hexpoint99 made it! (author)2017-09-29

Awesome instructions! I'm a self taught knitter and for some reason I thought knitting gloves with a thumb sleeve would be way too hard for me. This made everything simple! I did sorta play around with your directions and I did them my own way (I never seem to be able to follow a strict pattern), but this really helped so much.

For those trying this out, I was worried the 24 stitches would be too tight, but I made very loose stitches on 5mm needles and it actually fits perfectly. If anyone is interested, here's what I did:

-5 rows of ribbing

-17 rows of stockinette

-on the 17th row I added the 5 stitches for the thumb and then again on the other side after purling

-Then 2 more rows of stockinette

-And finally 5 more rows of ribbing

I did mine from bottom to top for no particular reason! Anyway, really awesome directions. Thanks!

KaylaF18 (author)2017-08-25

Beginner here, I was wondering how you cast off the five stitches for the thumb. If you could give a detailed response that would be great, thanks!

tarianne.kareidis (author)2015-01-16

Instructions detailed and accurate, thank you! The only thing I would say to prospective knitters of this pattern is to measure for size. I did the 24 stitch cast on and it was WAY too tight for me, plus the glove part went way past my fingers. There is room to customize here and don't be afraid to do so before you finish. Its sad to finish a project you can't wear!

How exactly do you measure for size? I ran into the same problem twice now. I'm trying to make these as a late birthday present for my friend but I'm running into some troubles with the size

evalee01 (author)2017-02-01

If i cast on 24 stitches am i suppose to have 20 stitches when i bind off?

Lovepitt4 (author)2017-01-30

Can you post another picture of where to put the needle when sewing up the gloves (perhaps with a light colored yarn)? I'm new to knitting and my finished edge isn't very neat.

Hi Lovepitt4,
I found this drawing that will hopefully help you. Thanks for trying my pattern!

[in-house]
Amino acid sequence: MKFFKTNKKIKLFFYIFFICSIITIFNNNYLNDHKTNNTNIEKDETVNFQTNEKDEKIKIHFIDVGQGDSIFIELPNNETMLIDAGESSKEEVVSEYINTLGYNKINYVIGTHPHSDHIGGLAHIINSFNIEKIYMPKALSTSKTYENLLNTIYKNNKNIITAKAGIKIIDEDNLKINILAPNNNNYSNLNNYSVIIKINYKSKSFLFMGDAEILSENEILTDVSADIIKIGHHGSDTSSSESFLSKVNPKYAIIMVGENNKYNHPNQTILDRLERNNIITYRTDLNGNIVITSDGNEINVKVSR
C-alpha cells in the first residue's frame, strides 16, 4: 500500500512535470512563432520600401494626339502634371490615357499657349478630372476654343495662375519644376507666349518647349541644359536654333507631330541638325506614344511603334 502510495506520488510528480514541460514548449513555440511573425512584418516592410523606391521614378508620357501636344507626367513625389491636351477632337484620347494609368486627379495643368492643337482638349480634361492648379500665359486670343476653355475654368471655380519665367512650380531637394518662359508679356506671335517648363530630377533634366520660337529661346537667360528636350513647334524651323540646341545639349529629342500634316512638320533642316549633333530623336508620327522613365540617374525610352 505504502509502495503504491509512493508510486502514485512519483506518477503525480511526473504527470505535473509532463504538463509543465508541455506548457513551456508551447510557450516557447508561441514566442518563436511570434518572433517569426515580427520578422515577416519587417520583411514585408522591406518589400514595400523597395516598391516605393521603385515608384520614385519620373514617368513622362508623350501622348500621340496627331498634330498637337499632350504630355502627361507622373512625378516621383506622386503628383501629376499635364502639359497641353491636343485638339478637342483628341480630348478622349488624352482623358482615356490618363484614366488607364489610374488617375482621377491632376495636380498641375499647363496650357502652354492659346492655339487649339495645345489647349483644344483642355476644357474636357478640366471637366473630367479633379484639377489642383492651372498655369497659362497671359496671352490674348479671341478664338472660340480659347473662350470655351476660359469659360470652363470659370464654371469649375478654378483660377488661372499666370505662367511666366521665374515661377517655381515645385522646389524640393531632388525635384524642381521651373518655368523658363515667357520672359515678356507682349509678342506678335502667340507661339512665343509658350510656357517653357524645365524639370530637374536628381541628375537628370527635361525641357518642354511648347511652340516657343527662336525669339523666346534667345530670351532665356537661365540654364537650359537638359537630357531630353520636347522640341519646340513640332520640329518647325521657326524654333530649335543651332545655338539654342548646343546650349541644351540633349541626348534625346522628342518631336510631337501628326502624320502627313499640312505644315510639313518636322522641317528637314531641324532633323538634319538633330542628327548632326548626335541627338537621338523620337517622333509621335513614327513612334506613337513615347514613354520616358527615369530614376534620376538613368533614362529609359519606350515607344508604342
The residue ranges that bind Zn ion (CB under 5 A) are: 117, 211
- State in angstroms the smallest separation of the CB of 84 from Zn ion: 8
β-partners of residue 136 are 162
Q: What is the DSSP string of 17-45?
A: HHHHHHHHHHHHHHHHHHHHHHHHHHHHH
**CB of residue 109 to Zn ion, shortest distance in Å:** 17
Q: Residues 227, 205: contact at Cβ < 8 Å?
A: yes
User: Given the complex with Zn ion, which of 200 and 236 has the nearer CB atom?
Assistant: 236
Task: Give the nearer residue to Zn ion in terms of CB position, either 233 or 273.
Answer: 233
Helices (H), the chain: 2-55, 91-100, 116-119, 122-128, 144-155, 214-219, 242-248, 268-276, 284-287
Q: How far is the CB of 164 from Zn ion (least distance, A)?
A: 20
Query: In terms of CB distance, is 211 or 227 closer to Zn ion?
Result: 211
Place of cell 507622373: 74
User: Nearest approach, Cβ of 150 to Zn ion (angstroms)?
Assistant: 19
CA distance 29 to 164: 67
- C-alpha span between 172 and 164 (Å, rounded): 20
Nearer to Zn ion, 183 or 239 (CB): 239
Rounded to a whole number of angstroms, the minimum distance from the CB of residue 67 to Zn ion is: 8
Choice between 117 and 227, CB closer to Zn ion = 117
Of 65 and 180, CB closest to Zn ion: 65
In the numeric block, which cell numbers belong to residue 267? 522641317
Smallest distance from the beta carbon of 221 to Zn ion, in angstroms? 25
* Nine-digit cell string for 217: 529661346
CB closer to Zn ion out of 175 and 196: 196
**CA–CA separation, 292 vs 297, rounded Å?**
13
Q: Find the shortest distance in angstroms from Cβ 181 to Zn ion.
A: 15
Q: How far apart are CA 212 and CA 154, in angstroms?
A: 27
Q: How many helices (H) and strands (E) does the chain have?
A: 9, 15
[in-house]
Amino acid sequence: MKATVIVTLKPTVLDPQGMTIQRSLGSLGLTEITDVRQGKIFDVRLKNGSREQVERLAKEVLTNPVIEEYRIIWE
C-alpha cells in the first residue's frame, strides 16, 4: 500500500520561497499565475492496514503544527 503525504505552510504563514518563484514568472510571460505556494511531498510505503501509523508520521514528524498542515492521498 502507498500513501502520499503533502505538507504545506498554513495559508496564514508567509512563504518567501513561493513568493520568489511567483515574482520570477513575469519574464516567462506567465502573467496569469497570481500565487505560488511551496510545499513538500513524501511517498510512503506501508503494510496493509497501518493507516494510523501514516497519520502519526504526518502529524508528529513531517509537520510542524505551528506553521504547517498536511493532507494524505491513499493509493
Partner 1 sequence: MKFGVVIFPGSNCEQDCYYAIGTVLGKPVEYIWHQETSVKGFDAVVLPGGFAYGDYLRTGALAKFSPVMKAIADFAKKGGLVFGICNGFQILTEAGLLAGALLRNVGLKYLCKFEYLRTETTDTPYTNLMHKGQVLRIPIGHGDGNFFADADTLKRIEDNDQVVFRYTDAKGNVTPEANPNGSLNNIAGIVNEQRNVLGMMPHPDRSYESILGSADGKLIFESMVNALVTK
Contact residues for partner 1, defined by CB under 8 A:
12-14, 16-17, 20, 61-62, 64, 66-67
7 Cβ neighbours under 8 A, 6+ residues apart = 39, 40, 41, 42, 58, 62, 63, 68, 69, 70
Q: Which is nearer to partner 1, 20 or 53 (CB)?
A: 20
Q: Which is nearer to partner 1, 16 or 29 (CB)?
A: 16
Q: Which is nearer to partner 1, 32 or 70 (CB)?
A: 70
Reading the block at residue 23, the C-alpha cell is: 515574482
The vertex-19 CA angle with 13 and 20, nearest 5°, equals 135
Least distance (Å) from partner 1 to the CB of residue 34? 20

https://rensfibreart.files.wordpress.com/2010/04/join-1.jpg

It is perfect. Thank you!

CathyM97 (author)2017-01-27

do you have any more images or advice about sewing the thumb? I'm lost!

plzsendchocolate made it! (author)CathyM972017-01-27

Hi CathyM97,

Maybe this little sketch will help? Let me know if it does, and I'll add it to the instructable. Thanks for trying my pattern!

Very helpful! That's what I was trying but I think the thumb "hole" was too narrow for me. I added an extra 2 rows on the thumb rows(the rows with the extra 10 stitches). I'm on the K1P1 ribbing now. I'll let you know how it goes and THANK YOU!!?

Shansdiy made it! (author)2016-11-25

Great pattern! This is only my 2nd project ever and it took me 2 days to complete both gloves. Will definitely use this pattern again, but will probably adjust so they fit more snugly to my wrists.

Wow, I can't tell that's only your second project. You did it like a pro! Really nice job!

mgrandmamil (author)2016-10-08

Step 20 not sure where to place stitches. Is it the edge where castoff stitches are?

Hi mgrandamil,

Yes, it is the outer-most edge of the thumb wrap. Hope that helps.

tsunamiwolf99 (author)2016-07-24

I had a bit of trouble figuring out where to leave room for the thumb part, but I figured it out and ended up with a great glove! Now to work on my next one...

AnnieF12 (author)2016-06-14

What is the correct tension?

Hi Annie,

Everyone holds their yarn at different tensions. Generally speaking, I would recommend you not hold the yarn too tight, or the gloves will be smaller than expected and you won't be able to get your hand in. But you want the tension to be firm enough that the stitches aren't so loose that they are flopping up and down the rows. You can also read through the comments others have posted here, and that may be helpful. Thanks for checking out my pattern.

NanC4 (author)2016-05-22

Thanks for pattern. Cold as,here in N.Z.now so about to try your lovely pattern.

beverly19150 (author)2016-02-16